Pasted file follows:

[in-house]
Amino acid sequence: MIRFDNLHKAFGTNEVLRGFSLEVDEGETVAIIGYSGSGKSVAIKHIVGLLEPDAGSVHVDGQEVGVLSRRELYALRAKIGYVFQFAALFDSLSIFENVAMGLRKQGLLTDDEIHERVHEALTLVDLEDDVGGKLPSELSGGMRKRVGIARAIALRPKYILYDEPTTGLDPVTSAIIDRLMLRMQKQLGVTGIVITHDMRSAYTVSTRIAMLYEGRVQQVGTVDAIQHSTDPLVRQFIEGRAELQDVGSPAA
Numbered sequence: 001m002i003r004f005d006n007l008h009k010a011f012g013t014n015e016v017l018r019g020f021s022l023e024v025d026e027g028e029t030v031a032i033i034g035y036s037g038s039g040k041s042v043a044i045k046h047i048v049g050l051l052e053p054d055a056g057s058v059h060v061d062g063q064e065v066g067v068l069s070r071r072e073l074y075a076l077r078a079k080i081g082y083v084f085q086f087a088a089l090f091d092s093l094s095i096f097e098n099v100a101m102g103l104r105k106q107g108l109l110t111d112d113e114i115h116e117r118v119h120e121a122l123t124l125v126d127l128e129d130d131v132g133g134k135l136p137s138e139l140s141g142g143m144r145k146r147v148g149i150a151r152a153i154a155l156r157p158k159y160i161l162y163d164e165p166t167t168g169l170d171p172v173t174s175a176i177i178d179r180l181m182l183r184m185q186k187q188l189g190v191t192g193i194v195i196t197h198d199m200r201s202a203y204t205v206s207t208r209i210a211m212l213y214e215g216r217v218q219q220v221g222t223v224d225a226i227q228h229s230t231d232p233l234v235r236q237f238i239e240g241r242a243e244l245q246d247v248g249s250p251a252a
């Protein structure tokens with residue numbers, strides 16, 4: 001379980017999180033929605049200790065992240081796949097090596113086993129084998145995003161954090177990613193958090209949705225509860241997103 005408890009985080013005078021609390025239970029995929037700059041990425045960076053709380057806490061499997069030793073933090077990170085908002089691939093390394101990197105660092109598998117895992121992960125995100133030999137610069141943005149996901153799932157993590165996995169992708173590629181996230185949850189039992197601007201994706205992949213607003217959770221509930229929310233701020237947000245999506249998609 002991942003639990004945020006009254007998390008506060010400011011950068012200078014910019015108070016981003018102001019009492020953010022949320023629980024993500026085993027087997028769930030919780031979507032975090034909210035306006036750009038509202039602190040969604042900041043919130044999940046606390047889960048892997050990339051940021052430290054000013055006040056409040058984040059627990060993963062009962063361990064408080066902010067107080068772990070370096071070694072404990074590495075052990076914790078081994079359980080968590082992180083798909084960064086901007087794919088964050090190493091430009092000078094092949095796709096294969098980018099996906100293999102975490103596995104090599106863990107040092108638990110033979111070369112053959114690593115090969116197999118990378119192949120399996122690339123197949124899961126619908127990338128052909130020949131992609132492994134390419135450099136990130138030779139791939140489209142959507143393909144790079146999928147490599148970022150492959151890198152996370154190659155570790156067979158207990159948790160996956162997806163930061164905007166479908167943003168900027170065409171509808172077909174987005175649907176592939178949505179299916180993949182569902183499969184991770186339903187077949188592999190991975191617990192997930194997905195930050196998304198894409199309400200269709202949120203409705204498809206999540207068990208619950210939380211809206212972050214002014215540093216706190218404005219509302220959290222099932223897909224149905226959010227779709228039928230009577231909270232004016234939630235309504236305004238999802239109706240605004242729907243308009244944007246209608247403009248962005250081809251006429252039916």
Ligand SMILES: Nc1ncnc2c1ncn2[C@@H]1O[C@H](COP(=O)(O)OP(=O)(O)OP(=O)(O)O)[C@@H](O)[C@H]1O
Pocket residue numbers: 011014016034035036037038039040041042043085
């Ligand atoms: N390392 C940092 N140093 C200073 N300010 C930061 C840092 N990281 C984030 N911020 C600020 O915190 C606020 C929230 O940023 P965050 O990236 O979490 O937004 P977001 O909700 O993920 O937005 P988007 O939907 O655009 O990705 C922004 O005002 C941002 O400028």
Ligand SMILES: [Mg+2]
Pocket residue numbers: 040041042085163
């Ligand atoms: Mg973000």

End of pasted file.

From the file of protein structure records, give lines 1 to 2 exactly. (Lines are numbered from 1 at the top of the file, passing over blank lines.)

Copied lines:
[in-house]
Amino acid sequence: MIRFDNLHKAFGTNEVLRGFSLEVDEGETVAIIGYSGSGKSVAIKHIVGLLEPDAGSVHVDGQEVGVLSRRELYALRAKIGYVFQFAALFDSLSIFENVAMGLRKQGLLTDDEIHERVHEALTLVDLEDDVGGKLPSELSGGMRKRVGIARAIALRPKYILYDEPTTGLDPVTSAIIDRLMLRMQKQLGVTGIVITHDMRSAYTVSTRIAMLYEGRVQQVGTVDAIQHSTDPLVRQFIEGRAELQDVGSPAA